The KJV translates the Niphal of nḥm “repent” thirty-eight times. The majority of these instances refer to God’s repentance, not man’s. The word most frequently employed to indicate man’s repentance is šûb (q.v.), meaning “to turn” (from sin to God). Unlike man, who under the conviction of sin feels genuine remorse and sorrow, God is free from sin. Yet the Scriptures inform us that God repents (Gen 6:6–7: Ex 32:14; Jud 2:18; I Sam 15:11 et al.), i.e. he relents or changes his dealings with men according to his sovereign purposes. On the surface, such language seems inconsistent, if not contradictory, with certain passages which affirm God’s immutability: “God is not a man … that he should repent” (I Sam 15:29 contra v. I I); “The lord has sworn and will not change his mind” (Ps 110:4). When nāḥam is used of God, however, the expression is anthropopathic and there is not ultimate tension. From man’s limited, earthly, finite perspective it only appears that God’s purposes have changed. Thus the ot states that God “repented” of the judgments or “evil” which he had planned to carry out (I Chr 21:15; Jer 18:8; 26:3, 19; Amos 7:3, 6; Jon 3:10). Certainly Jer 18:7–10 is a striking reminder that from God’s perspective, most prophecy (excluding messianic predictions) is conditional upon the response of men. In this regard, A. J. Heschel (The Prophets, p. 194) has said, “No word is God’s final word. Judgment, far from being absolute, is conditional. A change in man’s conduct brings about a change in God’s judgment.”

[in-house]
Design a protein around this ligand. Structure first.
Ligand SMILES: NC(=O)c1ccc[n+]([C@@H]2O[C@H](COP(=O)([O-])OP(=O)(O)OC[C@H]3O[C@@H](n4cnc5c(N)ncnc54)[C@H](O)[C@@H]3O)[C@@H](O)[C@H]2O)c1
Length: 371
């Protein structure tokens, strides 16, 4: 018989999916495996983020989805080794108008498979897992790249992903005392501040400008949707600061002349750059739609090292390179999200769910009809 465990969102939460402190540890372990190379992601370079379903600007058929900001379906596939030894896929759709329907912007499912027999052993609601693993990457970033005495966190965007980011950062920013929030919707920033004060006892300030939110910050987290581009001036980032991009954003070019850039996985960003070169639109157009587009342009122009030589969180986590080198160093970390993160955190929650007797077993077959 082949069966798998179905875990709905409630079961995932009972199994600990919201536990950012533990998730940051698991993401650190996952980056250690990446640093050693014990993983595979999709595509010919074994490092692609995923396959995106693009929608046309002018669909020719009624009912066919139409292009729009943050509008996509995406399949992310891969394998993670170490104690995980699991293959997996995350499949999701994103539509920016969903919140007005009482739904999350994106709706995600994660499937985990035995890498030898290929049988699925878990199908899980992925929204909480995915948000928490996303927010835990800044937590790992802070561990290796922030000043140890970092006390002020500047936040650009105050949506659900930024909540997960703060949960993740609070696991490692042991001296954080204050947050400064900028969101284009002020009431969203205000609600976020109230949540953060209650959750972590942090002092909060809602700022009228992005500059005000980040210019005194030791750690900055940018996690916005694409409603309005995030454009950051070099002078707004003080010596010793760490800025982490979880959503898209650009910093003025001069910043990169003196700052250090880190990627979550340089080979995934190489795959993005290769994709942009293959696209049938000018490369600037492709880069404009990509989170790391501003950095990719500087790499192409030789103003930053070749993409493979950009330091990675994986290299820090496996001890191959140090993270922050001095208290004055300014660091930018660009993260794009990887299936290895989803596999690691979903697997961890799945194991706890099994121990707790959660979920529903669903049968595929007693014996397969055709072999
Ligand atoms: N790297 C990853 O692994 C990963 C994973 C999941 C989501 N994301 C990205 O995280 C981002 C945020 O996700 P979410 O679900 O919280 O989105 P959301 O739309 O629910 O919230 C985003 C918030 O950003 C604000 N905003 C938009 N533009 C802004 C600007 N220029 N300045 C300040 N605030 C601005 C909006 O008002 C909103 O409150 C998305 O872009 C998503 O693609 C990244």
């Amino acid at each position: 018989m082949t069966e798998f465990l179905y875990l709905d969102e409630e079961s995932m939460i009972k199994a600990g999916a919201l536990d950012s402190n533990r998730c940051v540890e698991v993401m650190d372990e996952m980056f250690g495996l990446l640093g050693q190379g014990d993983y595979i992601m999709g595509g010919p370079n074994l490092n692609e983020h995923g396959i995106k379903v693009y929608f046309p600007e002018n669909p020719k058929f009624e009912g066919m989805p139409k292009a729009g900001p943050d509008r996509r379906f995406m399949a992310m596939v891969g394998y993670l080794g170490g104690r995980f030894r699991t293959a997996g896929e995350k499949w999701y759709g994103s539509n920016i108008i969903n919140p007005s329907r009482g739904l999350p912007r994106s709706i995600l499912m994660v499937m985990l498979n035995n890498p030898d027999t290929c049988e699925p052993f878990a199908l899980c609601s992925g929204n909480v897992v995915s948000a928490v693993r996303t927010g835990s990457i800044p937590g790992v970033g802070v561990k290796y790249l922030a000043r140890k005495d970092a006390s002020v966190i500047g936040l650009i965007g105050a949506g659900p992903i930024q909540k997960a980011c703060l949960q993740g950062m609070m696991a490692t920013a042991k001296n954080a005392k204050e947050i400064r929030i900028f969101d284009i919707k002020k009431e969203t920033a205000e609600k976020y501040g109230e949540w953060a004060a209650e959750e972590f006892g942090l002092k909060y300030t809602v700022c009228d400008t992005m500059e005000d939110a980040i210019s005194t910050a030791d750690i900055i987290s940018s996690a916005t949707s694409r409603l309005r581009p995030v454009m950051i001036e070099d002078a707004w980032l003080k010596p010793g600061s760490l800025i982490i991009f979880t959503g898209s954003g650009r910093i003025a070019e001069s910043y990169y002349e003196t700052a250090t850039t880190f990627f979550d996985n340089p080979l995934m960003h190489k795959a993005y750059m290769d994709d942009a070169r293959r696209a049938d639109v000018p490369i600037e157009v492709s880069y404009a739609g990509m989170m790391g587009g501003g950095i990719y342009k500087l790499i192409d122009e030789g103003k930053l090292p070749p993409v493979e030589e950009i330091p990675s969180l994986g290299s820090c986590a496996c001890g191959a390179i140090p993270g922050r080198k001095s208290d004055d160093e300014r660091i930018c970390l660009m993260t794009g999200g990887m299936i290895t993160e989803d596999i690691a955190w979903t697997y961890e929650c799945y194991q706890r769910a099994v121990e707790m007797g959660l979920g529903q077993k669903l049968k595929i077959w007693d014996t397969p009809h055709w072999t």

Harris, R. L., Harris, R. L., Archer, G. L., & Waltke, B. K. (1999, c1980). Theological Wordbook of the Old Testament (electronic ed.) (571). Chicago: Moody Press.God knew what the ultimate outcome of this interaction with Moses would be. I believe it was a test of Moses' remembrance of God's promise to Israel, his love for the people God had chosen, and Moses' comprehension that God's reputation was at stake. The "bottom line" message is that all the nations of the earth would know that God was above all other gods. Destroying Israel was not in God's plan, but God wanted to test Moses to make sure he understood this. Moses passed the test, and I do not have any problem with God's actions in this passage.
WOW! There is so much to chew on here. I want to reflect on the importance of intercession on the part of God's people in the whole scheme of things. I want to reflect on obedience and remembering the promises of God when I am tempted to sin while waiting (I gave a message on "Waiting" for a women's retreat once, and this passage really spoke to me.). I also want to meditate on what it means to stand strong as a leader when the people I am leading want to do things that are not according to God's plan. I can identify with Aaron. I can be a wimpy leader at times.